Chamber: Positive economic growth but manufacturing exports slump
- The BCC's economic survey for Q4 2015 signals slower economic growth in the short term.
- Most key balances for both manufacturing and services are down on the previous quarter
- Manufacturing export sales balances fall to levels approaching stagnation in Q4 – the lowest since 2009
The British Chambers of Commerce (BCC) Quarterly Economic Survey – Britain’s largest and most authoritative private sector business survey, based on almost 7,500 responses from firms – shows that most key manufacturing and services balances were weaker this quarter, but manufacturing firms fared far worse. This has led Britain’s two-tier growth trend to become further entrenched.
Most key balances for the Norfolk services sector dipped slightly again on the previous quarter, with domestic sales continuing to be the main contributor to overall growth. The sector however continues to remain resilient in the face of global headwinds. However the Norfolk manufacturing sector continues to struggle. Domestic and export sales and order balances have now fallen well below their pre-recession levels in 2007, suggesting that the sector is close to stagnation.
Key Norfolk findings in the Q4 2015 Quarterly Economic Survey:
- Overall, the results suggest positive economic growth over the next year, albeit at a slower pace, but built mainly off the back of the services sector. The UK recovery continues to face many global challenges
- Most key balances were weaker in Q4 than in Q3 for both the manufacturing and services sectors; the falls in services are in general smaller than the declines in manufacturing
- Norfolk export manufacturing balances declined sharply to levels approaching stagnation – export sales declined three points to -3%, the lowest level since Q3 2009 – while export orders also fell drastically to -8%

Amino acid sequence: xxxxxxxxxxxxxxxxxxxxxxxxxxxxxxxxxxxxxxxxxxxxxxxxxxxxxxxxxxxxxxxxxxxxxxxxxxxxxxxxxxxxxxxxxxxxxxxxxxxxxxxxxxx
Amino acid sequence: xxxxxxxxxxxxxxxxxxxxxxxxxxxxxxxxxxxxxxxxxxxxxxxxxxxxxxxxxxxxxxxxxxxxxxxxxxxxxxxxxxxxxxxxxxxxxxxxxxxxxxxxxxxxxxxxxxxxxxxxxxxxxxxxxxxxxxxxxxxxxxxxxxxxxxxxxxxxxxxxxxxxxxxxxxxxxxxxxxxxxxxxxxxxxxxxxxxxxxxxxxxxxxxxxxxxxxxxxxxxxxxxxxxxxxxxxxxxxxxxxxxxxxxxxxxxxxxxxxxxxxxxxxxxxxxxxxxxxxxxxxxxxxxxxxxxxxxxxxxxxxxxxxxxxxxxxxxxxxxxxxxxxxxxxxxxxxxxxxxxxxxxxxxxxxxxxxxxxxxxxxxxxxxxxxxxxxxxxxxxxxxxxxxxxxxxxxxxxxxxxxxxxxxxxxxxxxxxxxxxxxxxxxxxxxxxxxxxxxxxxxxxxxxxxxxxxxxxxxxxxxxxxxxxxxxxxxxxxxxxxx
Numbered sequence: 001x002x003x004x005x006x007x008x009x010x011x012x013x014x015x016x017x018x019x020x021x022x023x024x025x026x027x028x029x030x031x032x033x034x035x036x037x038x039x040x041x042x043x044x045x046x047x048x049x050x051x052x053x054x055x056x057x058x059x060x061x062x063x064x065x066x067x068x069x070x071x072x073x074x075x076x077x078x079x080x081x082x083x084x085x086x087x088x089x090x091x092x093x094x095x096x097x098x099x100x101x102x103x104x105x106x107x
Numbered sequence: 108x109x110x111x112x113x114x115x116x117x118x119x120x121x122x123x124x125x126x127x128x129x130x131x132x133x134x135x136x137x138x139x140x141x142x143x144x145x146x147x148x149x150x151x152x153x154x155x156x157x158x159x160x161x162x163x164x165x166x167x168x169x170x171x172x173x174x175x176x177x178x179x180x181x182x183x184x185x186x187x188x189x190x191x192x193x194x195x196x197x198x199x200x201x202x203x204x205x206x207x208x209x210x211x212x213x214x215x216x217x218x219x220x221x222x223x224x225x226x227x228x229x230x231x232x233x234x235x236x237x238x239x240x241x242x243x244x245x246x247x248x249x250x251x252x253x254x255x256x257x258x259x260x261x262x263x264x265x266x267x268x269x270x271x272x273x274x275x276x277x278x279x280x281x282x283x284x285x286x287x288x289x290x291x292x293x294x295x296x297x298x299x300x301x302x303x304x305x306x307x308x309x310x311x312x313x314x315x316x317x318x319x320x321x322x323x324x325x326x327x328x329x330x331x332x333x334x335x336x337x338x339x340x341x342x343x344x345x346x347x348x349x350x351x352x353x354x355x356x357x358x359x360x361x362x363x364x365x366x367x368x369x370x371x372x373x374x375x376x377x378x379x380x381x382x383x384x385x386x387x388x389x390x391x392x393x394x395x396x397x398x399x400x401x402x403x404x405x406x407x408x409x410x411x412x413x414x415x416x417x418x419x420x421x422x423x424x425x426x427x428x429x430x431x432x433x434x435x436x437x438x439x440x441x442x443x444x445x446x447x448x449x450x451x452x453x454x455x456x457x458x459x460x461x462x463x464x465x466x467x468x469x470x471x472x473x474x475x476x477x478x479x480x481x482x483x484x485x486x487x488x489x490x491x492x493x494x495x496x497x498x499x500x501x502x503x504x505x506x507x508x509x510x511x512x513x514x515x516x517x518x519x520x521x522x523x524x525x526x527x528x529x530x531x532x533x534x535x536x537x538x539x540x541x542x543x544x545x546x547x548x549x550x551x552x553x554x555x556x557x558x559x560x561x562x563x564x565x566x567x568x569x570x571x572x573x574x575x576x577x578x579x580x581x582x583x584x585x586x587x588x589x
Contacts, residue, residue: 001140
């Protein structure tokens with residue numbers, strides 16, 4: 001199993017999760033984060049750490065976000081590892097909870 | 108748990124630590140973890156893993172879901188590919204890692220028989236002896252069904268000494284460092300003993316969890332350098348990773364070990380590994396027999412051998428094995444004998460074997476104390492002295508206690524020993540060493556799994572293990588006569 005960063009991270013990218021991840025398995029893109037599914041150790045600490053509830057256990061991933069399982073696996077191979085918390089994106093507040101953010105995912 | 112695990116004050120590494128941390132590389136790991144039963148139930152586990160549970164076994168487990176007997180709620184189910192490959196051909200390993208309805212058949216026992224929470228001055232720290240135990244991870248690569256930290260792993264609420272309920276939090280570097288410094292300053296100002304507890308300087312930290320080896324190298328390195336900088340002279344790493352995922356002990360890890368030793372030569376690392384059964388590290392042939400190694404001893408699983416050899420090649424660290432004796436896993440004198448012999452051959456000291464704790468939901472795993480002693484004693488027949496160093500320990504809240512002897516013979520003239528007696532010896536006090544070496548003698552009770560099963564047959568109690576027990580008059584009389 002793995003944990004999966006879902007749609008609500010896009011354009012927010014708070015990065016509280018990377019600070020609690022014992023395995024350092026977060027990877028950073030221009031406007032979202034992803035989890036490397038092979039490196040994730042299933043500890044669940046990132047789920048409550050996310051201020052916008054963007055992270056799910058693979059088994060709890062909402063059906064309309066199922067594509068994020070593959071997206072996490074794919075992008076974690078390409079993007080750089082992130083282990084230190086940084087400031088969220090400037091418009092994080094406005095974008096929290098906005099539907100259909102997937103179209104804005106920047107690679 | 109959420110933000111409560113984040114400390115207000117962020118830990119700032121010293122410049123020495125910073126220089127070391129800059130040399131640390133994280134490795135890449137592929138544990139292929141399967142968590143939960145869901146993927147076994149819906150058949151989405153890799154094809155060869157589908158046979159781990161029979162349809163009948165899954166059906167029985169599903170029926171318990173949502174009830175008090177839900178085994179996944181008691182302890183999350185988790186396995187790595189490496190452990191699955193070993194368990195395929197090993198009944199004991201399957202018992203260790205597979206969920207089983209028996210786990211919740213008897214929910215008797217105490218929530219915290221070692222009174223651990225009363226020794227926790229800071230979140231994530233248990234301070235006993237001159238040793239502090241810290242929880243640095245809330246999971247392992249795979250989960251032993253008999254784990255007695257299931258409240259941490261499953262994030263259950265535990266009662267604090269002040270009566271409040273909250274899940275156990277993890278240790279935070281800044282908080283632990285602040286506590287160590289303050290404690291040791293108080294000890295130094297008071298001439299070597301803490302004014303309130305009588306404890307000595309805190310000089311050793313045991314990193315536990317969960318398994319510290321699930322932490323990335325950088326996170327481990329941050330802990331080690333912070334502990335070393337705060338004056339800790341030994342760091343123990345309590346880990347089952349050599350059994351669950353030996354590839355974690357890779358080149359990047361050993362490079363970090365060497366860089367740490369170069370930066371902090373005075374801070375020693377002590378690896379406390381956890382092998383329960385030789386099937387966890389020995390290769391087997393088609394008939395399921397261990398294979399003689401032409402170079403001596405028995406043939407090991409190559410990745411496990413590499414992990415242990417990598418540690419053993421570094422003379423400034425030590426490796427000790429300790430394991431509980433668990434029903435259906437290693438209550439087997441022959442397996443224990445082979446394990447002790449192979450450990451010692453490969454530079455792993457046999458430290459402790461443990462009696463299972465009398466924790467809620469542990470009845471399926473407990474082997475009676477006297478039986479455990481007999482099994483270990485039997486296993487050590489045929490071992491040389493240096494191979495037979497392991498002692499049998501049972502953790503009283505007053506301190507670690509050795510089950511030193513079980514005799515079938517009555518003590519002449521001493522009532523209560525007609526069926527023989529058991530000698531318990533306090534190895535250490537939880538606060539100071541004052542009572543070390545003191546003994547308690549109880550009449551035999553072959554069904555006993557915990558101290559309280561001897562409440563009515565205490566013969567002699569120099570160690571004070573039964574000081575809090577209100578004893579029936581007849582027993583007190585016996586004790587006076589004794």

- The Norfolk services sector export sales balance, whilst still in negative territory, rose from -4% to -3%
- Norfolk’s domestic balances were stronger than export balances, despite falling. Norfolk manufacturing sales balance fell fourteen points to -8%, while domestic orders were down three points to -5%. In services, domestic sales balance fell three points to +26%, with orders dropping ten points to +11%
- Intentions to increase prices rose in manufacturing, from +21% in Q3 to +23% in Q4. In services however, this fell by two points to +22%
- Both sectors report increased pressures for higher pay settlements. Norfolk manufacturers in particular recorded a marked increase from +15% in Q3 to +30% in Q4.
Caroline Williams, Chief Executive, Norfolk Chamber said:
“2015 has been a tough year for the manufacturing sector, who have found it challenging in terms of UK and export sales. Although, the service sector continued to produce robust figures throughout the year, they too finished with lower results than at the start of the year.
However Norfolk is still a great place to be in business. It is important that the Norfolk business community holds its nerve during these challenging times to retain the confidence in both their customers and their staff. The Norfolk economy is mixed with some business doing really well, as our export documentation department’s activity confirms. Accessing global markets can expand opportunities for both service and manufacturing businesses can create great opportunities.